RALEIGH, N.C. (WNCN) – While the omicron variant has not been detected in North Carolina, experts say it won’t be long until it is.
Very little is known about the variant as it becomes more prevalent.
Early data on the omicron variant of COVID-19 has started to emerge from South Africa. The report looked at a total of 166 patients found with the Omicron variant in South Africa.
When speaking to CNN’s State of the Union, chief medical advisor to the president, Dr. Anthony Fauci, said, “Thus far it does not look like there’s a great degree of severity to it. But we’ve really got to be careful before we make any determinations that it is less severe or really doesn’t cause any severe illness comparable to Delta.”
It’s important to note this is only information for the first two weeks and for a small sample size. More data will be needed to get the full scope of this variant’s impact on the pandemic.
The biggest find from researchers there was that most of the patients – 70 percent – with the omicron variant did not have to be put on oxygen. Of those who did have to be put on oxygen, 21 percent were diagnosed with COVID-19 pneumonia.
Doctors there found the majority of people admitted to the hospital were admitted for other reasons and it was only upon their admission that it was found they were infected with COVID-19.
The report also looked at vaccination rates among those infected. Of 38 adults with COVID-19 at a single time, six were vaccinated while 24 were not.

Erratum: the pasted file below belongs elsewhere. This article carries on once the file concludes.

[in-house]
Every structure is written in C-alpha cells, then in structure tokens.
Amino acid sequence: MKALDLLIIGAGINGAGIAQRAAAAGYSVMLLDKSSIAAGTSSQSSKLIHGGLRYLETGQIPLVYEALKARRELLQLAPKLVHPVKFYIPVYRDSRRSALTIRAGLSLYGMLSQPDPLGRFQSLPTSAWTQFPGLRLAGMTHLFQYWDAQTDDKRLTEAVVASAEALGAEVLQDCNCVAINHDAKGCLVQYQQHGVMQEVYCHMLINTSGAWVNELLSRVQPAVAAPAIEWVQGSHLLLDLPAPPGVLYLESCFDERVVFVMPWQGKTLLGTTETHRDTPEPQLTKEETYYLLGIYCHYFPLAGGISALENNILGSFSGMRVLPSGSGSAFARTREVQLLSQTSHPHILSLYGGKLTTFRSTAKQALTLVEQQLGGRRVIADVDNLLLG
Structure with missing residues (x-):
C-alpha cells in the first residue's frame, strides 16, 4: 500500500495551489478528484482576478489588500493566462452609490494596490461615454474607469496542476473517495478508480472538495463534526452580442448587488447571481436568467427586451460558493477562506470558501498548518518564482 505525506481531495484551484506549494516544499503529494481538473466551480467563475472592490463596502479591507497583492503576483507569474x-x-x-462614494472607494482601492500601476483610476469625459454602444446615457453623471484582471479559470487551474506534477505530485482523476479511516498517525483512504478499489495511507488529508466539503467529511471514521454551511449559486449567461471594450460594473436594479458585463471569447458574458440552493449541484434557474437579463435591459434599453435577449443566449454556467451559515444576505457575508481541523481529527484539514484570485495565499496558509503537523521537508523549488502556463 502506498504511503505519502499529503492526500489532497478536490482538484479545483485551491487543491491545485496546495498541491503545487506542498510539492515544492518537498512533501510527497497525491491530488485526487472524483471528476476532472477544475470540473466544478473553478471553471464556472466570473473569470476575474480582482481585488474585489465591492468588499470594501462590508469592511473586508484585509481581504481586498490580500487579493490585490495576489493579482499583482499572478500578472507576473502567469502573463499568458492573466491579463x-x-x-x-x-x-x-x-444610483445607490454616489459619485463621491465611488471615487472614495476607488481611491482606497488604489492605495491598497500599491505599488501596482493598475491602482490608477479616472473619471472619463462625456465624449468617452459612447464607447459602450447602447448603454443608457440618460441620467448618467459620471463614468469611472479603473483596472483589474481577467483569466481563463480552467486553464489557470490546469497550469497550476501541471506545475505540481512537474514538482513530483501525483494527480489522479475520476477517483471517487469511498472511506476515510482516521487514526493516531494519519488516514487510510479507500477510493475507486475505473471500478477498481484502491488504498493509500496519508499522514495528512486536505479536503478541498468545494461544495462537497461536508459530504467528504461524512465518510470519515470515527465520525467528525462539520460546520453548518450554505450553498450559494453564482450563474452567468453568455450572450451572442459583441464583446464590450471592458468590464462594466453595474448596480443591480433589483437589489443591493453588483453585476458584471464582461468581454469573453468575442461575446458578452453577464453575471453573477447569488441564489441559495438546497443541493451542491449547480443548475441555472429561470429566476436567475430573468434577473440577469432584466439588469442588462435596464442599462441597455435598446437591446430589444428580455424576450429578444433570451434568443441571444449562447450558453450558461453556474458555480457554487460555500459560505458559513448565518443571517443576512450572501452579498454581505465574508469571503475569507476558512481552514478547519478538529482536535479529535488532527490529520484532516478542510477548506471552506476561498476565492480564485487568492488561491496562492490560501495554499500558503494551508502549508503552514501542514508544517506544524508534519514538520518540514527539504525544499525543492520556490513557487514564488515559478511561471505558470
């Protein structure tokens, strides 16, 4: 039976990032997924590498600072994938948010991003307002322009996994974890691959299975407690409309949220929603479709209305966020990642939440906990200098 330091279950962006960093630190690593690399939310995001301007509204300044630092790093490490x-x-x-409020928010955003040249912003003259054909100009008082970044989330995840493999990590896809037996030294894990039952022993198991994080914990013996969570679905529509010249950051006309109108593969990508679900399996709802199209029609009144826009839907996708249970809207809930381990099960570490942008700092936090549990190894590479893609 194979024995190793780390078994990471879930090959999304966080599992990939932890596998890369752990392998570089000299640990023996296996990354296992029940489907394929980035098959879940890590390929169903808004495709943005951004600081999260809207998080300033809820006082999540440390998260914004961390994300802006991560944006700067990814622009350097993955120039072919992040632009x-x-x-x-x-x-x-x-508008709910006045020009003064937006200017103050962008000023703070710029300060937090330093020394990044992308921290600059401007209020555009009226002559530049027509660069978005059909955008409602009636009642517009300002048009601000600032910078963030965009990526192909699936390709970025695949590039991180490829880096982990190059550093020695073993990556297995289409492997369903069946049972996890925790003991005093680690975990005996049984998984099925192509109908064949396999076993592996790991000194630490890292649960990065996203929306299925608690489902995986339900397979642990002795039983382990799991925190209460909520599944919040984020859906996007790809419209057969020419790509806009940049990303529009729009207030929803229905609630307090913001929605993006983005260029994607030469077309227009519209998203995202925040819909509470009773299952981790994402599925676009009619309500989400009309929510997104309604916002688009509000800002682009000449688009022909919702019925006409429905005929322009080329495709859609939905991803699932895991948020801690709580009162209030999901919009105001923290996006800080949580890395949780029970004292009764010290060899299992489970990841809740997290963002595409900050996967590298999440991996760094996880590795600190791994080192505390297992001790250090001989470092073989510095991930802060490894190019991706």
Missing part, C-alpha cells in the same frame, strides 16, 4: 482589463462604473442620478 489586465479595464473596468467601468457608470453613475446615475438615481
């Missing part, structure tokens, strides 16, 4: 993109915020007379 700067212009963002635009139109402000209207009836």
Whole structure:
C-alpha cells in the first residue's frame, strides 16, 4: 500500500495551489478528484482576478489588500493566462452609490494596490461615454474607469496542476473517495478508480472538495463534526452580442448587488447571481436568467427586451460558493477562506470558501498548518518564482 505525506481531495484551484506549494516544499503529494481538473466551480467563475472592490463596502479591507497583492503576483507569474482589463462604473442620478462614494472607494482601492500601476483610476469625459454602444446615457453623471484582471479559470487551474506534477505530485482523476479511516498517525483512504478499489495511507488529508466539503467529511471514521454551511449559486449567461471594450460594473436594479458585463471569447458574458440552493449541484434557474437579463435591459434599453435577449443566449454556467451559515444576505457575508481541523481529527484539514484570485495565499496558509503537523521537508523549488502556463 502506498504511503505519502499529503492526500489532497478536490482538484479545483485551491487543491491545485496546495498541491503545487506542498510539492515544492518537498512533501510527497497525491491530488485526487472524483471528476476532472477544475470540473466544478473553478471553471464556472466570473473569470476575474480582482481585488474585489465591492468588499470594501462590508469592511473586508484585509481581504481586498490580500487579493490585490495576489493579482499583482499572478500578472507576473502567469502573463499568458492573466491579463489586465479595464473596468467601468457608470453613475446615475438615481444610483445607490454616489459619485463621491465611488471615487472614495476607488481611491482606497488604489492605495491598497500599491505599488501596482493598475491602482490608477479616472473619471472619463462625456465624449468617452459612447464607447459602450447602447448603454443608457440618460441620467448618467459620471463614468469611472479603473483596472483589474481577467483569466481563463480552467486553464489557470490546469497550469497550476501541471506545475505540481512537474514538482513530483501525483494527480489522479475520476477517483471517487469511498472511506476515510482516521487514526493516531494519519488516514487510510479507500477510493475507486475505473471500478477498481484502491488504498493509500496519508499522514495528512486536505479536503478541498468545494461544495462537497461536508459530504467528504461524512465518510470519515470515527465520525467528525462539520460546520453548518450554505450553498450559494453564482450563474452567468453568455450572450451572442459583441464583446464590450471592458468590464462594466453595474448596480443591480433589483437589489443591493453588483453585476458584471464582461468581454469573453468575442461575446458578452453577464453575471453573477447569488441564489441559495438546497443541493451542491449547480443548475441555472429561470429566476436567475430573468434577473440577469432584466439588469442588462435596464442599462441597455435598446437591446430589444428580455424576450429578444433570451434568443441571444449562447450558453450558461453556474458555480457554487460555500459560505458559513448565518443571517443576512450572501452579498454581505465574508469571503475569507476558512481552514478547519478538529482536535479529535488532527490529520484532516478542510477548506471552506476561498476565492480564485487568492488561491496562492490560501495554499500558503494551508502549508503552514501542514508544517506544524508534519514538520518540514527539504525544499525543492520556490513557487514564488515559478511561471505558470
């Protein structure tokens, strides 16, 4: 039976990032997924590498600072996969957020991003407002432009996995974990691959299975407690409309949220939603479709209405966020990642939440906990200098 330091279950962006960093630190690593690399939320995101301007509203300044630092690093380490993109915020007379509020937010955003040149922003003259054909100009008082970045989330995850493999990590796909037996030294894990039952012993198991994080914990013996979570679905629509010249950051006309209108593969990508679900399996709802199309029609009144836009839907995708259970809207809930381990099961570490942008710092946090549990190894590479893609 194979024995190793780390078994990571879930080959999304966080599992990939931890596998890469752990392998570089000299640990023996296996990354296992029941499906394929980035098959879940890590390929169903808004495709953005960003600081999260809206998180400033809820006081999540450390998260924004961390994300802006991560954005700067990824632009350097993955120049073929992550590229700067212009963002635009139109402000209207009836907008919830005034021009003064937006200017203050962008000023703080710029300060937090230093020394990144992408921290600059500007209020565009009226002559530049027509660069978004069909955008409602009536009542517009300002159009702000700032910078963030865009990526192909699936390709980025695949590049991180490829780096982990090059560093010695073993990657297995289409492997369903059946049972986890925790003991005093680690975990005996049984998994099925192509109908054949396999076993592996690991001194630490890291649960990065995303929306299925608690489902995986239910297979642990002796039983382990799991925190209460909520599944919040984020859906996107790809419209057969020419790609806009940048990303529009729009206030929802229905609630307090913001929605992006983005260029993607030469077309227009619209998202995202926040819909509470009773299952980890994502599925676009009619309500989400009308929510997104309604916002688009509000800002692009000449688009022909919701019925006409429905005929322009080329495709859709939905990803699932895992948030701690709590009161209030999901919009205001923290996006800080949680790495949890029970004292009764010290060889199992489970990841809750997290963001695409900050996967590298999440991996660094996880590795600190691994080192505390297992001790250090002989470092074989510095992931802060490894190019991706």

Vaccination information was missing for eight patients.
Doctors behind the report said the best indicator of how severe the omicron variant is could be determined through the in-hospital death rate.
Of the 166 total admissions, 6.6 percent ended in death. Severity by age was almost evenly split. Four deaths were in the 26 through 36 age group and five were in someone over 60.
The average hospital stay for an omicron patient was just under three days. For the last 18 months, the average stay was just over eight days.
As researchers learn more about the variant, here is what the CDC is saying about the most asked questions related to the virus:
How easily does omicron spread? The omicron variant likely will spread more easily than the original SARS-CoV-2 virus and how easily omicron spreads compared to delta remains unknown.
Will omicron cause more severe illness? More data are needed to know if omicron infections, and especially reinfections and breakthrough infections in people who are fully vaccinated, cause more severe illness or death than infection with other variants.
Will vaccines work against omicron? Current vaccines are expected to protect against severe illness, hospitalizations, and deaths due to infection with the omicron variant.
Will treatments work against omicron? Scientists are working to determine how well existing treatments for COVID-19 work. Based on the changed genetic make-up of omicron, some treatments are likely to remain effective while others may be less effective.